Renault ZOE review - Practicality, comfort and boot space
Look beyond the limited range, and the all-electric ZOE is as practical as any other supermini on the market
As a full five-seater with a 338-litre boot (that’s 38 litres more than in a Clio), the Zoe is a better choice than the Volkswagen e-up! if you regularly carry passengers and luggage. In fact, the packaging is so impressive that the car’s accommodation is pretty much a match for any supermini out there.
The Zoe doesn't come as standard with a traditional three-pin home charging socket, so buyers planning occasional longer trips away from home will need to fork out for it on the options list. At least Renault will fit a home wall charger for free if you’ve got a driveway or garage.
Failing that, the company offers a 25 per cent discount on renting a conventional petrol or diesel car from Enterprise, should you wish to drive further afield.
The Zoe is based on the same platform as the Renault Clio. But while it’s the same width and wheelbase, it’s longer and over 10cm taller – a result of packaging the battery under the back seats. The slightly bulbous exterior styling means the Zoe seems huge when parked next to the Volkswagen up!, although you don’t get that same impression once you’re in the driver’s seat, and the Renault feels compact on the road.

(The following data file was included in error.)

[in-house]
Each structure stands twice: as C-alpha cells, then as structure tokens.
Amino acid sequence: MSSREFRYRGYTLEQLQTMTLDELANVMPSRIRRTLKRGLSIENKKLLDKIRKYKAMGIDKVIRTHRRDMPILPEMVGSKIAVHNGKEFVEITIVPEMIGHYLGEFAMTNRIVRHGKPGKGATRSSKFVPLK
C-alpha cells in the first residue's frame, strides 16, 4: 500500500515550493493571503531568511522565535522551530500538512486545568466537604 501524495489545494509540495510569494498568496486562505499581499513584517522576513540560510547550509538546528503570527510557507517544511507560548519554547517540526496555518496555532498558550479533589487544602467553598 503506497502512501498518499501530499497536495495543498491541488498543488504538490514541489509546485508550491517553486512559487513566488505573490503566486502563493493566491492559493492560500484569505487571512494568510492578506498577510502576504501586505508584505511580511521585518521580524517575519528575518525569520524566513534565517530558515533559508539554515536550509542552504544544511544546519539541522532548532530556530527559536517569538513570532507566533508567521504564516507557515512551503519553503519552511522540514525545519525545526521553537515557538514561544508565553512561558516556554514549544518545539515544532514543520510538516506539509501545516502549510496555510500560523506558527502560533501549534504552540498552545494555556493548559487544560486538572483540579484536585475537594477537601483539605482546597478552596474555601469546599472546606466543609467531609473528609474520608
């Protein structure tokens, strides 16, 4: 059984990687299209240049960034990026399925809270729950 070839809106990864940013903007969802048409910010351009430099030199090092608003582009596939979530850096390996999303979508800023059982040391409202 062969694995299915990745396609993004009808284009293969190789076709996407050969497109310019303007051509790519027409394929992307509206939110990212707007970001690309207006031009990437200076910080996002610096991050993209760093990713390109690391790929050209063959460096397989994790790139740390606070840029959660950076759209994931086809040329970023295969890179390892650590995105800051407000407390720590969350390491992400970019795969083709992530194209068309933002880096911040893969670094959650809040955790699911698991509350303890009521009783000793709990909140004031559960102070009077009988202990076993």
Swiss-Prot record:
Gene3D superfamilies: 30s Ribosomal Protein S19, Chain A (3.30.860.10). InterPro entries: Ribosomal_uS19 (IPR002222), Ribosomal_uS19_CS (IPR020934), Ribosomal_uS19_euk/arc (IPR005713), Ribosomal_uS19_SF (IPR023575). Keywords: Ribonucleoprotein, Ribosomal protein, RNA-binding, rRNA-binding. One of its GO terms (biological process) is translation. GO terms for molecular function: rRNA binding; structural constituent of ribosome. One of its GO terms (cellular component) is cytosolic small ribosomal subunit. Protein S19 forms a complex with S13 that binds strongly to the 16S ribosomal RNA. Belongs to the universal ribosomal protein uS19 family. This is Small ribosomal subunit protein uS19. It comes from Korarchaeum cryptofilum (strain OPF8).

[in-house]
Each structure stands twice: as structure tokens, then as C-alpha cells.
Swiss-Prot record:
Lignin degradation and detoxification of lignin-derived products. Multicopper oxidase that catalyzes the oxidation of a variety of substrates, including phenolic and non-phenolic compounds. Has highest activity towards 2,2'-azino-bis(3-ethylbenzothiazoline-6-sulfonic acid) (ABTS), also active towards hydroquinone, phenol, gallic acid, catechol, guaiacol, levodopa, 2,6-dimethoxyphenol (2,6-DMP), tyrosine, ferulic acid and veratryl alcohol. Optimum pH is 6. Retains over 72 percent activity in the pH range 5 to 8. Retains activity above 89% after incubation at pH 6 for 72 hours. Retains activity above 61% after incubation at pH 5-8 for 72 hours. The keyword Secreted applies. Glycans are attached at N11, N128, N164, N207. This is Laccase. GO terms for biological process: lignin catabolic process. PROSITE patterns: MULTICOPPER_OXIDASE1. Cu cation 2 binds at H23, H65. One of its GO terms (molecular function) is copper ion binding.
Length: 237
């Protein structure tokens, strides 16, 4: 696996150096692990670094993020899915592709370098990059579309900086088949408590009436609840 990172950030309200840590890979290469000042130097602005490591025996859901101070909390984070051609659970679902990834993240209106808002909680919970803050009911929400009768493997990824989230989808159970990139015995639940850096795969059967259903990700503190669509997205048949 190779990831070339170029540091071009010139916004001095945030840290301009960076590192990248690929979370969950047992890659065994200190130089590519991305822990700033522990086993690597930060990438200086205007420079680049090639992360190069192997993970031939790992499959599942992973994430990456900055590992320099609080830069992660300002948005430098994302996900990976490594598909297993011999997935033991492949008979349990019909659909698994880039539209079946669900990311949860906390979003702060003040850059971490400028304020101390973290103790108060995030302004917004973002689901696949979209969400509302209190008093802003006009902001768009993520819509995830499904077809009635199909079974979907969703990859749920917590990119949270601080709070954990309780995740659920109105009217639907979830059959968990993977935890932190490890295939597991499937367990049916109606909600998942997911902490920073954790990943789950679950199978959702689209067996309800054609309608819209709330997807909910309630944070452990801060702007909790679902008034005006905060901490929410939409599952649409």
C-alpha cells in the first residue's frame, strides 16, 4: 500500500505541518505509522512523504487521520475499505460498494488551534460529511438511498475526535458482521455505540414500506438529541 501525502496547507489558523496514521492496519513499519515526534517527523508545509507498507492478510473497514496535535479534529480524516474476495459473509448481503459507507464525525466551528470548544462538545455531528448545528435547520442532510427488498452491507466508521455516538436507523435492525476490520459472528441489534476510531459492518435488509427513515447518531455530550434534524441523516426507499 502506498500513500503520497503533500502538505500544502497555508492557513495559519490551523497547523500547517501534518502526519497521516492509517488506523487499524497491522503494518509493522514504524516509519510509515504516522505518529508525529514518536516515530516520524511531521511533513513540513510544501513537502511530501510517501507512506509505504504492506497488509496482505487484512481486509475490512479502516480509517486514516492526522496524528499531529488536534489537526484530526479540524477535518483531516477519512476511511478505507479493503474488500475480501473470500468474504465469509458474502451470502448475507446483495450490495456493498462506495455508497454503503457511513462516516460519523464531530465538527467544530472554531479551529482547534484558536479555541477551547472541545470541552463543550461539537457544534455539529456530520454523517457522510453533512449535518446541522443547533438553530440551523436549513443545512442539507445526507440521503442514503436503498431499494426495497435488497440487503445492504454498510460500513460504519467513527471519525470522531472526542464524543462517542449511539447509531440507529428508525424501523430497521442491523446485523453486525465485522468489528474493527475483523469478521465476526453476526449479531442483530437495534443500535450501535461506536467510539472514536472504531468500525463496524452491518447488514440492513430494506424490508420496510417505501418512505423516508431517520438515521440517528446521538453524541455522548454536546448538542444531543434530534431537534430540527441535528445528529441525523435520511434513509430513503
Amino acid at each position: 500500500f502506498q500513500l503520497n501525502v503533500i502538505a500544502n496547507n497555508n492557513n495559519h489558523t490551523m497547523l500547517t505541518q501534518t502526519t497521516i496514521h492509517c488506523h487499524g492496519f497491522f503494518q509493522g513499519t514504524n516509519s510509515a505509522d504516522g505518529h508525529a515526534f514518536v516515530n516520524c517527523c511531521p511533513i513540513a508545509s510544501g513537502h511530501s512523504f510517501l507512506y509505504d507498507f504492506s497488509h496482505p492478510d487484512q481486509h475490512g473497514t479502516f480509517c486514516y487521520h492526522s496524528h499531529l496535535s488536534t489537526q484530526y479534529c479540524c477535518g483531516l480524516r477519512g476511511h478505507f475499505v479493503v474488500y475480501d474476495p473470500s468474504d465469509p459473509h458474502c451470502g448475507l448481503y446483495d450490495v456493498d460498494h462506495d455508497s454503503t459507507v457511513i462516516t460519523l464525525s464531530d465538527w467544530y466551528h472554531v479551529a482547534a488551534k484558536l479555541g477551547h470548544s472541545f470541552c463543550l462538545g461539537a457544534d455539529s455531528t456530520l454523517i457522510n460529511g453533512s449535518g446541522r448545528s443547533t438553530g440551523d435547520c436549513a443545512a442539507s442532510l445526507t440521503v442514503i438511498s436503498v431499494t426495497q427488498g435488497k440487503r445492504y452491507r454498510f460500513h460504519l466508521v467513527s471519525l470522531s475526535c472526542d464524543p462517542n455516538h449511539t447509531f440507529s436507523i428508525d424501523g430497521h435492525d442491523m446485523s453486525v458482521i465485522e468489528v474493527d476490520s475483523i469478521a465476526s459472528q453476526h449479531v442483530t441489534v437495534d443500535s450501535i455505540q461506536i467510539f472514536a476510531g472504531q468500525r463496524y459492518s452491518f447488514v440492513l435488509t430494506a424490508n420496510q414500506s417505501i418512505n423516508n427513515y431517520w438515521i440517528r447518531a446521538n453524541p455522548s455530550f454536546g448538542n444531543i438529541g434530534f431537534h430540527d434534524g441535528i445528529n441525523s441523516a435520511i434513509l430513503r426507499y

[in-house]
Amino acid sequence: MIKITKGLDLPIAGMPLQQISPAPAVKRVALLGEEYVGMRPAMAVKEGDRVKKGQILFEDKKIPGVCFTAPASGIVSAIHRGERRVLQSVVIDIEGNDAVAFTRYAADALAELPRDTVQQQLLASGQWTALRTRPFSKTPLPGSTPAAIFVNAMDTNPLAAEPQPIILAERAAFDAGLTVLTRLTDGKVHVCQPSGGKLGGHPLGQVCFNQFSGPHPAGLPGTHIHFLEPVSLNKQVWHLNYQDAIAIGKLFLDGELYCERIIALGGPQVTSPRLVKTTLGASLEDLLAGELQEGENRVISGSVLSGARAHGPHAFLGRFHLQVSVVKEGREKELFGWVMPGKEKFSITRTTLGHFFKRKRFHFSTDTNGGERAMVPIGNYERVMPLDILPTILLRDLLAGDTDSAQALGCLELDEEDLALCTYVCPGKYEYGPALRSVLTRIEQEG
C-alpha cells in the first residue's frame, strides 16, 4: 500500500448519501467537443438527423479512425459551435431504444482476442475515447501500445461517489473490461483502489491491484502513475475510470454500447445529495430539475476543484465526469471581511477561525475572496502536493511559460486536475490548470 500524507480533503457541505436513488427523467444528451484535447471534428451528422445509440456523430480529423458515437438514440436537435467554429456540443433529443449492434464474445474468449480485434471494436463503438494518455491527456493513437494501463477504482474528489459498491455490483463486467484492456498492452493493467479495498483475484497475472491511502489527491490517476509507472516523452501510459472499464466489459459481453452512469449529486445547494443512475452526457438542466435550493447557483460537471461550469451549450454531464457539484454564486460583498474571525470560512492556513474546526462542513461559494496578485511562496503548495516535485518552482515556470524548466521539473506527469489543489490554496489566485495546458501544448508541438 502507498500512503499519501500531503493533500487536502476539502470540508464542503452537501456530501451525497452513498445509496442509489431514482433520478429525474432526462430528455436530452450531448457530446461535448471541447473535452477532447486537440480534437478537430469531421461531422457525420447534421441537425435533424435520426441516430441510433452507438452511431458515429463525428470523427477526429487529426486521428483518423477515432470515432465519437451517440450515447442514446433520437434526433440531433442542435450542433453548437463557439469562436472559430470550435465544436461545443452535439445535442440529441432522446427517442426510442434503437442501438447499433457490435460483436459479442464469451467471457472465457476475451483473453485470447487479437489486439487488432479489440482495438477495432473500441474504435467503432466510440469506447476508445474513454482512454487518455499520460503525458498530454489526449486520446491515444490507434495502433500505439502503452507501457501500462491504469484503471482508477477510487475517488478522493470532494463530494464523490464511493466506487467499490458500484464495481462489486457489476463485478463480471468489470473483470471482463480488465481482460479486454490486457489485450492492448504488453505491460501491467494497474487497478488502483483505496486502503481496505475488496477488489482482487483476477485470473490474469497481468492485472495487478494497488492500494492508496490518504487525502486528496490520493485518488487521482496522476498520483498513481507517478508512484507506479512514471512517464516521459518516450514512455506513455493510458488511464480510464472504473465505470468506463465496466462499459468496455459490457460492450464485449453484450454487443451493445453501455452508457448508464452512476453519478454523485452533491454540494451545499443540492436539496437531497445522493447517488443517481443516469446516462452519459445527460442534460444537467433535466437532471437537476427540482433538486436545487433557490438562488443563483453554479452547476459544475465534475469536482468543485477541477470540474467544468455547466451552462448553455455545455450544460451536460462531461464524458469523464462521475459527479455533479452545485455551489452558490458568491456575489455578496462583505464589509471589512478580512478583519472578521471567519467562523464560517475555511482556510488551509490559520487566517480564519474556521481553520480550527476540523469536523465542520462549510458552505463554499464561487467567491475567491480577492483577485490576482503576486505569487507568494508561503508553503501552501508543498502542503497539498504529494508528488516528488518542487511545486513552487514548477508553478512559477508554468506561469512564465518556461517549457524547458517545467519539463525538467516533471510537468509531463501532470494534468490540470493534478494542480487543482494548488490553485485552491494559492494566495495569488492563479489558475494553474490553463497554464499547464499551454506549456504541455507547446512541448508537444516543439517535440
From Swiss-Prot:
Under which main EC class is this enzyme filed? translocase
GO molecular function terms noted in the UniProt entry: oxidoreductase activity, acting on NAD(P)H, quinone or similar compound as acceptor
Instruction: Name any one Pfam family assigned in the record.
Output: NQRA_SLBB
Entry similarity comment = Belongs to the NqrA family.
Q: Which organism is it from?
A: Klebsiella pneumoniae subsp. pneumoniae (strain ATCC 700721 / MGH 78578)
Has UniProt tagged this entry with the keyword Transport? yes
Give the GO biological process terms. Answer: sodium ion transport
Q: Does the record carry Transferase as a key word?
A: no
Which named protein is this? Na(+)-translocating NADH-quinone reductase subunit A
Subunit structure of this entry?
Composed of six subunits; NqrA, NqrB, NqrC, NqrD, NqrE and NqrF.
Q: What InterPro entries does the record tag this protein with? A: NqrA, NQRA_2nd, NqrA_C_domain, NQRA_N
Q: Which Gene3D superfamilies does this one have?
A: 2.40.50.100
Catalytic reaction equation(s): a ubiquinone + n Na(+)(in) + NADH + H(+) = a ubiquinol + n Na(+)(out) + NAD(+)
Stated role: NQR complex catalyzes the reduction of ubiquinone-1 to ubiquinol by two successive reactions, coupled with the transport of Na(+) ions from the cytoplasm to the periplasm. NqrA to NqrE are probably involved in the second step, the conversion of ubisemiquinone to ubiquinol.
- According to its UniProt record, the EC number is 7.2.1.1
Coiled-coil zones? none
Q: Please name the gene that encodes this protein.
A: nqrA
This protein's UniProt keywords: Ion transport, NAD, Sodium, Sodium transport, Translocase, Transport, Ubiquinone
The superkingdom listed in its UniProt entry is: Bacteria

The only slight quirk is that the seating position feels a little too high – again as a result of the need to place the seats on the top of the battery pack.
Leg room, head room & passenger space
There’s a decent amount of space in the Zoe for five occupants, and the rear seats will even accommodate six-footers on a short journey. However, the upright seating position means they may not be terribly comfortable for long. The driver’s seat is not adjustable for height (because of the position of the batteries), and although the steering wheel moves for reach and rake, some drivers have reported that it’s difficult to find the ideal seating position.
The rear seats don’t split when they fold down, and the location of the batteries beneath them means you don’t get a flat load area. Even so, there’s more boot space in the Zoe than in an equivalent five-door Clio – because of its extra length, the electric Renault offers 38 extra litres of luggage capacity, at 338 litres, and this expands to 1,225 litres with the rear seats folded. There’s also a lower loading lip that improves access.
In this review
- 1Renault ZOE reviewThe Renault ZOE is an electric supermini that's well suited to urban life
- 2Engines, performance and driveIt’s quick off the mark, and now has added range – although the Zoe runs out of puff on motorways
- 3MPG, CO2 and Running CostsBattery lease costs are significant, but as a full recharge only costs around £3, you’ll still be laughing
- 4Interior, design and technologyThere are plenty of gadgets and gizmos, but some systems are fiddly and quality could be improved
- 5Practicality, comfort and boot space - currently readingLook beyond the limited range, and the all-electric ZOE is as practical as any other supermini on the market
- 6Reliability and SafetyElectric car offers lots of new tech, but guarantees mean you shouldn’t have to worry about the batteries at least…